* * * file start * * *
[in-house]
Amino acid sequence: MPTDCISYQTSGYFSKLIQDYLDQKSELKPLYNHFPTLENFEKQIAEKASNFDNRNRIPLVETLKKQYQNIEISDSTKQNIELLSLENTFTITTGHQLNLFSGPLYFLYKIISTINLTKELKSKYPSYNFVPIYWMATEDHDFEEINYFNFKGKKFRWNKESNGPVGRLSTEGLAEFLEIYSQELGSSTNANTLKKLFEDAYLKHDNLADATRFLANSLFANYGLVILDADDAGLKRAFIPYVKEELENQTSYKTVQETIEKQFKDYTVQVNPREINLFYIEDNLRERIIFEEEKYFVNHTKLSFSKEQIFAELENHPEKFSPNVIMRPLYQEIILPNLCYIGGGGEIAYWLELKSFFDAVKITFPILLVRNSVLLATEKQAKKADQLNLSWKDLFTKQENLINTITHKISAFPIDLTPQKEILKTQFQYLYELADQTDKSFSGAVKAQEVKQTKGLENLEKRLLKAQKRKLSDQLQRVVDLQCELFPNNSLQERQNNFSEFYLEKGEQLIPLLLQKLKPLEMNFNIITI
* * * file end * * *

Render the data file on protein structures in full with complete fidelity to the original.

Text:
[in-house]
Amino acid sequence: MPTDCISYQTSGYFSKLIQDYLDQKSELKPLYNHFPTLENFEKQIAEKASNFDNRNRIPLVETLKKQYQNIEISDSTKQNIELLSLENTFTITTGHQLNLFSGPLYFLYKIISTINLTKELKSKYPSYNFVPIYWMATEDHDFEEINYFNFKGKKFRWNKESNGPVGRLSTEGLAEFLEIYSQELGSSTNANTLKKLFEDAYLKHDNLADATRFLANSLFANYGLVILDADDAGLKRAFIPYVKEELENQTSYKTVQETIEKQFKDYTVQVNPREINLFYIEDNLRERIIFEEEKYFVNHTKLSFSKEQIFAELENHPEKFSPNVIMRPLYQEIILPNLCYIGGGGEIAYWLELKSFFDAVKITFPILLVRNSVLLATEKQAKKADQLNLSWKDLFTKQENLINTITHKISAFPIDLTPQKEILKTQFQYLYELADQTDKSFSGAVKAQEVKQTKGLENLEKRLLKAQKRKLSDQLQRVVDLQCELFPNNSLQERQNNFSEFYLEKGEQLIPLLLQKLKPLEMNFNIITI